Developers blocked from tearing down a 1925 Wantagh home have sued the Hempstead Town Board for designating the house as a historic landmark.
Town board members voted Feb. 2 to give landmark status to the Colonial Revival-style house on Elm Place to prevent developers from building two new homes in its place.
The developers, South Nassau Building Corp., filed a lawsuit last week arguing the town’s vote and the town's Landmark Preservation Commission’s recommendation were unconstitutional and not based on any historic significance.
Christian Browne, the Uniondale-based attorney for South Nassau Building Corp., said he filed the federal civil rights lawsuit because the town's landmark status took away property rights and devalued the property.
"It’s so preposterous it was approved that all of a sudden an ordinary residential house that had been sold, knowing it was going to be developed. It’s surprising that such a tenuous and thin application could be taken seriously," Browne said. "I’ve made numerous statements to the landmark commission — don’t turn yourself into a development control authority. You don’t exist to stop people from exercising ordinary property rights."
Town board members unanimously landmarked the house built by architect H.T. Jeffrey Jr. as an example of an early 20th century Colonial Revival home. It was constructed for the Van Tuyl family, who owned a lumberyard and served in World War I and II.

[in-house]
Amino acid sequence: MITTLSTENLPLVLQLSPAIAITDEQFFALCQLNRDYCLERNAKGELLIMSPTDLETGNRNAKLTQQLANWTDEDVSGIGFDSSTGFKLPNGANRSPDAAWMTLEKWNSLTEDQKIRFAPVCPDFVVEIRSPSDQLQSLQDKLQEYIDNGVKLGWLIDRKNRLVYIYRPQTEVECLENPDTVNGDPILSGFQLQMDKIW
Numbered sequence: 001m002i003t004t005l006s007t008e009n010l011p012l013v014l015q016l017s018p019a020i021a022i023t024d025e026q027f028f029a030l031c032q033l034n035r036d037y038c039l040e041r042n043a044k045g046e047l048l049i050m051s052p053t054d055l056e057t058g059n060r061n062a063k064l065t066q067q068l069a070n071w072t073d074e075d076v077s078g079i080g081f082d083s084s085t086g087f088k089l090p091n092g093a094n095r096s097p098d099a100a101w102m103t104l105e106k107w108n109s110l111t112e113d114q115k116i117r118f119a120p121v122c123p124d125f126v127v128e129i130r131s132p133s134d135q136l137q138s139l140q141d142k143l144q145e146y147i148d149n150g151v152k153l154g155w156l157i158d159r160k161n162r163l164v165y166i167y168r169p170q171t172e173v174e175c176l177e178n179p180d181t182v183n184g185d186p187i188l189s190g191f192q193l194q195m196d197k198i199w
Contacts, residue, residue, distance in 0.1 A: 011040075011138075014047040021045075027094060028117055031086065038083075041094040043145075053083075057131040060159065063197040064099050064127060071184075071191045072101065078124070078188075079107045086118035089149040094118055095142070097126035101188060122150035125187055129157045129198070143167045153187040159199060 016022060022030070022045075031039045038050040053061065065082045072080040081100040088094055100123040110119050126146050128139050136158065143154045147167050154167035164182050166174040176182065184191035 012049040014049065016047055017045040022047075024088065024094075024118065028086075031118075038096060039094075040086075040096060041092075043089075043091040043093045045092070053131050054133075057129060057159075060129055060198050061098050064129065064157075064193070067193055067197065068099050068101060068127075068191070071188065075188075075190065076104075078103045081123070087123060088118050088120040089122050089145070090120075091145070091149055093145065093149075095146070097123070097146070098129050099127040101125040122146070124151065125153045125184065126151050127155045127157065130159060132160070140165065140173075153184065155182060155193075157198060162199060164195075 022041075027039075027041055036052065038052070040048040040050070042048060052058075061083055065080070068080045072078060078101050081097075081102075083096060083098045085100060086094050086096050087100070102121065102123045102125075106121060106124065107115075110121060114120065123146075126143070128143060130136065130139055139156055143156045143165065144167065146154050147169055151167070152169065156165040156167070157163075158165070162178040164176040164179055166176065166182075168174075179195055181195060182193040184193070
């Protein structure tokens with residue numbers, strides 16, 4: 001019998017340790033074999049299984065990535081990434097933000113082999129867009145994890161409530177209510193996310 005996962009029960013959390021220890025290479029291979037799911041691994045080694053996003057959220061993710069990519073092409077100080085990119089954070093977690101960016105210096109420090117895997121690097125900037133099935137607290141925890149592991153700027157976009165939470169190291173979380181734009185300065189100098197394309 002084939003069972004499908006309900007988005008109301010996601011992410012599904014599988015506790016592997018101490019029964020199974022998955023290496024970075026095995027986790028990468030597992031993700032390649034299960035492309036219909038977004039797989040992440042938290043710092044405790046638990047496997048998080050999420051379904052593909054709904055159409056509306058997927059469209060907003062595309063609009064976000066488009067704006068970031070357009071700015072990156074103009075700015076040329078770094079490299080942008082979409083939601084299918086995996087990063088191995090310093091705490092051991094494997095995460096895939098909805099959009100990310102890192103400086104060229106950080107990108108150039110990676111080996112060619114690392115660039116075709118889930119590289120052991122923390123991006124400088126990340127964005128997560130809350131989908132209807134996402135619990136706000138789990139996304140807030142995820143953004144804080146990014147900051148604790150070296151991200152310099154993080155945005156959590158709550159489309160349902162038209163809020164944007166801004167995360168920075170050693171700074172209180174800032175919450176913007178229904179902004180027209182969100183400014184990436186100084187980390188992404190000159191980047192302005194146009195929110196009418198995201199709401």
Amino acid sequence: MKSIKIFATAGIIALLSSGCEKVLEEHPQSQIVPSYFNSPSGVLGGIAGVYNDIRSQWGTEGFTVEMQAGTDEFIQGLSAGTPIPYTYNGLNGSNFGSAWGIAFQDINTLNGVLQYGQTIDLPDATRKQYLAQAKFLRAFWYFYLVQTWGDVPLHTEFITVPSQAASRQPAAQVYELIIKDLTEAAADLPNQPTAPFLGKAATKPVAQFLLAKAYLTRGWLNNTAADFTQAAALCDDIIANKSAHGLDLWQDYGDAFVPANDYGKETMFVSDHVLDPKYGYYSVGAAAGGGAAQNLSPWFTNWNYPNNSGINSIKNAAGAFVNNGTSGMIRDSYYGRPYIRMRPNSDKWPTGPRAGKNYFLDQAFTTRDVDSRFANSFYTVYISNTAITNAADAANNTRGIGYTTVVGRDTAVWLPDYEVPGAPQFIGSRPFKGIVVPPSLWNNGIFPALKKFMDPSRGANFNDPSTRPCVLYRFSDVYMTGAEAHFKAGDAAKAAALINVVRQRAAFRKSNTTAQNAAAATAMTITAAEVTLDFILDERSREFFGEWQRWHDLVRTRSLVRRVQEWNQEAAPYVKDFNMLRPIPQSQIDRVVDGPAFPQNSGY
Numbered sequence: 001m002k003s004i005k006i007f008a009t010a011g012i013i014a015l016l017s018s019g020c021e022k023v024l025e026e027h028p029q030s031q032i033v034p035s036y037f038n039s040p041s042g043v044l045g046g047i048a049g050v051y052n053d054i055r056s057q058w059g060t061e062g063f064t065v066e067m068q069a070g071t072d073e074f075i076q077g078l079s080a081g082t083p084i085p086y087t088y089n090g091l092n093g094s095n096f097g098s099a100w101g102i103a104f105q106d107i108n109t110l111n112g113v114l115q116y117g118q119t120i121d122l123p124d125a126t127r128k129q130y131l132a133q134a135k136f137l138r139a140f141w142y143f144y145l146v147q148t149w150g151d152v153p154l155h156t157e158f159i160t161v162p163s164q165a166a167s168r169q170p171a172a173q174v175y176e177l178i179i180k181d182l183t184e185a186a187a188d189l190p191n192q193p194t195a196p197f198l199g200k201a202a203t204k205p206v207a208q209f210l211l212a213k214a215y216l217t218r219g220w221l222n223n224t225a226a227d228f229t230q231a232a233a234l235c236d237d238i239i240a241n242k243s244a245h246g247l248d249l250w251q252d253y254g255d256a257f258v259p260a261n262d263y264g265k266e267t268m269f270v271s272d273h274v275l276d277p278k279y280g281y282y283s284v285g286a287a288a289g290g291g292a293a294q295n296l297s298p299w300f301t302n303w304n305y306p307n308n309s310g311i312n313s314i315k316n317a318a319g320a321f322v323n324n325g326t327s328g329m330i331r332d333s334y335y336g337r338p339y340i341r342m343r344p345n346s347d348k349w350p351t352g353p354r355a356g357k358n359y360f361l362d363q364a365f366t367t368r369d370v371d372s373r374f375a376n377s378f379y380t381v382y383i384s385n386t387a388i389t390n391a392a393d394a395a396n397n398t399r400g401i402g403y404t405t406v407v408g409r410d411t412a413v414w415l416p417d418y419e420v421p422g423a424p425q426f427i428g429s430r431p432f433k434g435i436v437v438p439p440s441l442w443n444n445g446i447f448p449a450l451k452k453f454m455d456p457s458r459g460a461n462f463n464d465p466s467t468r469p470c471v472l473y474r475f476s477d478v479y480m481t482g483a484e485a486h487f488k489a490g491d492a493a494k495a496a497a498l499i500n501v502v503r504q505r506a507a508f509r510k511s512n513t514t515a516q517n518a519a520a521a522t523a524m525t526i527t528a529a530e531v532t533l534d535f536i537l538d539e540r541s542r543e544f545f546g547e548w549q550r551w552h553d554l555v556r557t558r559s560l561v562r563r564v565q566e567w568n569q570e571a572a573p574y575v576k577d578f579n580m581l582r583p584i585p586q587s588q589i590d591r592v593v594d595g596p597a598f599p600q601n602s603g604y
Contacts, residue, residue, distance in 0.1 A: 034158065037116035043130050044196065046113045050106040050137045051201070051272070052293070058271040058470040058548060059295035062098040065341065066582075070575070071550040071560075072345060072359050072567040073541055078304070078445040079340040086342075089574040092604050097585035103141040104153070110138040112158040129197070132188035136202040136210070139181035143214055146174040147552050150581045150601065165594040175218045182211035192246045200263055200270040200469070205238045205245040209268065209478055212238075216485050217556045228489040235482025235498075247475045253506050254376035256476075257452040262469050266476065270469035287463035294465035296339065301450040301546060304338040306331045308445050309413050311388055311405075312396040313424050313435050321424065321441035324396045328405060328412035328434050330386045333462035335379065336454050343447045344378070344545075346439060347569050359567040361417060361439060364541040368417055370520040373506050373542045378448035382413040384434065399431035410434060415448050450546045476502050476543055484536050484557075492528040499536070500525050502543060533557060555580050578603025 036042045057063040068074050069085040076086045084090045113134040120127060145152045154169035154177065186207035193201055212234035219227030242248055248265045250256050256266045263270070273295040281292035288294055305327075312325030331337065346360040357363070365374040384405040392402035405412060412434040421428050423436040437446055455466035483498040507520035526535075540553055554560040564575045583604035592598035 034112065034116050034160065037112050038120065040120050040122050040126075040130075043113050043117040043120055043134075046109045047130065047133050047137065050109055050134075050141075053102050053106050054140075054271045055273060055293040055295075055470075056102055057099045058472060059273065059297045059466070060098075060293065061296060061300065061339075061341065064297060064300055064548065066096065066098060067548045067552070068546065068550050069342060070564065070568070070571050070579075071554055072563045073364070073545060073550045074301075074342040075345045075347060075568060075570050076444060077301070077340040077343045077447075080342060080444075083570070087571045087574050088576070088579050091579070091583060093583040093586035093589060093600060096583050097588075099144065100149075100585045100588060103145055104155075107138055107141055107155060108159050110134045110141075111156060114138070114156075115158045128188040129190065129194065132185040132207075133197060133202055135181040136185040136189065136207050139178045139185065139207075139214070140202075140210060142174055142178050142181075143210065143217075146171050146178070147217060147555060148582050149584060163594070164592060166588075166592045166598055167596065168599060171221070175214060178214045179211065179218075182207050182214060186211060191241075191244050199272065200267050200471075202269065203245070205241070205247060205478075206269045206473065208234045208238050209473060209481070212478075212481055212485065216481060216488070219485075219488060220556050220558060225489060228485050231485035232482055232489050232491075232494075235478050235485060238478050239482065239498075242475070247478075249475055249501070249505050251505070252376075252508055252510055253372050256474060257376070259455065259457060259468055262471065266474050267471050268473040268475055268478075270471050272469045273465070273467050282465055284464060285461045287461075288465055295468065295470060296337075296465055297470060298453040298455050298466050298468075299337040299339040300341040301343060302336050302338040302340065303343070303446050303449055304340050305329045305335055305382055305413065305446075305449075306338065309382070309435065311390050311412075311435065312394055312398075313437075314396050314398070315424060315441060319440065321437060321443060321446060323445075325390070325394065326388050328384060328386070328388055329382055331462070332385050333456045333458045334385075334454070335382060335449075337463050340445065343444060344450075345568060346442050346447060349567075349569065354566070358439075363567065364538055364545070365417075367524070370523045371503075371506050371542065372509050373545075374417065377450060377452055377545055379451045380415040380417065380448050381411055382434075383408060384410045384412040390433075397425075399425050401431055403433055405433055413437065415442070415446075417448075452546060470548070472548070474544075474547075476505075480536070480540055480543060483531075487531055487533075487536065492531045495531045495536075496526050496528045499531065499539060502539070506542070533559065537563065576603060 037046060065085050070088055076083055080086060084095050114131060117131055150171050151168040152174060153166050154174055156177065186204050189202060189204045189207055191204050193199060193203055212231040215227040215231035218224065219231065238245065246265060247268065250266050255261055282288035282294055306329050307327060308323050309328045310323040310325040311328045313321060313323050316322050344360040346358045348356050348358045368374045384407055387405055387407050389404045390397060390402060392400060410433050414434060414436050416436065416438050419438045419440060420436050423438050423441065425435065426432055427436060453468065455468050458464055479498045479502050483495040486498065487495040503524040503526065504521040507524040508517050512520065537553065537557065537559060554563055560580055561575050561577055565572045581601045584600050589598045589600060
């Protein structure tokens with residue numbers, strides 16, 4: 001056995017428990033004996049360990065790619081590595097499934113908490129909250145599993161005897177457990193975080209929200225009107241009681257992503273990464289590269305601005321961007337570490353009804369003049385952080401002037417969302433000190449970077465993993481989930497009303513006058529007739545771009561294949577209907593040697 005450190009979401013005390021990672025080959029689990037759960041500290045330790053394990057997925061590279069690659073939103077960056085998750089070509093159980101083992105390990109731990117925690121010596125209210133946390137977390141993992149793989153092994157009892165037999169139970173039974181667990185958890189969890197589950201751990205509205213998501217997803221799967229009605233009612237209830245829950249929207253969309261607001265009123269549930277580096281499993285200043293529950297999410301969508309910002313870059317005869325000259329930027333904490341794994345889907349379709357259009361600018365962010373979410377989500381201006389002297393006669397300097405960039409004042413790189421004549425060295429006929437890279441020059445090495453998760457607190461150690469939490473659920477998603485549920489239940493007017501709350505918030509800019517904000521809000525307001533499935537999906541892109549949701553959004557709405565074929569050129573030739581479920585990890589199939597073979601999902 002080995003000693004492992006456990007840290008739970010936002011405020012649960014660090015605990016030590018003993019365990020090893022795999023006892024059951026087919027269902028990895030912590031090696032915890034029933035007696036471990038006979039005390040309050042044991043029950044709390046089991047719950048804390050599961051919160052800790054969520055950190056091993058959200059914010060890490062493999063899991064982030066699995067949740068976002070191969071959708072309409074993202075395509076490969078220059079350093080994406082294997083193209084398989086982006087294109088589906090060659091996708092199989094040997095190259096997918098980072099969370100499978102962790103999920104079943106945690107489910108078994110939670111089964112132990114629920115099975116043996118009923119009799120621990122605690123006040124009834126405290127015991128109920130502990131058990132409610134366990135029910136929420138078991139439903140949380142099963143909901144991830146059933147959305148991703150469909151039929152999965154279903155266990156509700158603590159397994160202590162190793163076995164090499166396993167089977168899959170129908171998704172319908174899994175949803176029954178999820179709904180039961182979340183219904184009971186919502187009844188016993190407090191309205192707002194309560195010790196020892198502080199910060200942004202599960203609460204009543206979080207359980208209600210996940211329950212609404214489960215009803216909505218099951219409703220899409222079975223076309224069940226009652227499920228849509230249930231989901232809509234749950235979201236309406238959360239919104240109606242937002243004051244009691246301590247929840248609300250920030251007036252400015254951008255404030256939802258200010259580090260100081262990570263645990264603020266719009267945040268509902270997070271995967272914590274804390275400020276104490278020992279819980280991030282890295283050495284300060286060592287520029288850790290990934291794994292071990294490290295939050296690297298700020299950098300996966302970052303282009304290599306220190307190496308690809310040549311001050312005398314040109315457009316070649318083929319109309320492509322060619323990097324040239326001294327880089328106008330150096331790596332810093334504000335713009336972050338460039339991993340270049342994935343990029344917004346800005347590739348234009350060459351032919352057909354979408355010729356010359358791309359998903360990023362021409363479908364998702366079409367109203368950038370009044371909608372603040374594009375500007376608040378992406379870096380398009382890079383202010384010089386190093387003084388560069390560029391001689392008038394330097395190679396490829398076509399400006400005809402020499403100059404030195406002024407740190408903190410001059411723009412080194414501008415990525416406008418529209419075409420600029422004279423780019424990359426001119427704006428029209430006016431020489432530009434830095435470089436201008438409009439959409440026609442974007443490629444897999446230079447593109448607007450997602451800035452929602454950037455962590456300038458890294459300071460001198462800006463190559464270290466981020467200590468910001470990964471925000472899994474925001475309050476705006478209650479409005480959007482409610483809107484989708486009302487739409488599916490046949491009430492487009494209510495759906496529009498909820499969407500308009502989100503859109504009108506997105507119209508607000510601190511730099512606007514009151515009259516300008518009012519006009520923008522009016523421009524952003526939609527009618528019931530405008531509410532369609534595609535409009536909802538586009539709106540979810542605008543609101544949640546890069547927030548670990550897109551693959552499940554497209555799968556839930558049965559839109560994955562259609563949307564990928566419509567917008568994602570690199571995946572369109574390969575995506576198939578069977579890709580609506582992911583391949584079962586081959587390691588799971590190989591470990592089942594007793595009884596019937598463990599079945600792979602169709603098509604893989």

The designation prevents the home from being leveled and requires town approval for any visible changes to the outside of the structure.
Hempstead Town officials said they do not comment on pending litigation.
The developers, with Fairwater Builders, purchased the home on the 20,000-square-foot property last March for $1 million and planned to subdivide the property into two lots. Attorneys said in the lawsuit, "The home on the property is outdated, falling into disrepair and in need of significant renovation."
Wantagh neighbors began their effort to save the home after they learned the Nassau Planning Commission was having a hearing last August on a proposed subdivision.
One of the organizers to save the house, Joan Kemnitzer, cited an architectural expert's report that noted similar homes lost to suburban sprawl.
"For all of the reasons we gave for landmarking it, to destroy this house would be a tragic loss for the town," Kemnitzer said in an interview Thursday.
The lawsuit states the outside of the home has already been modified, including a sunroom that was not original to the home’s design.
"Defendants’ actions, therefore, substantially burden Plaintiff’s property rights, but do not advance any legitimate governmental objective," the lawsuit states. "Rather, Defendants’ election to grant historical landmark status to the home on the Property is the result of political pressure and is designed to assuage activists and neighbors who simply wished to derail Plaintiff’s plan to construct two new homes on the Property."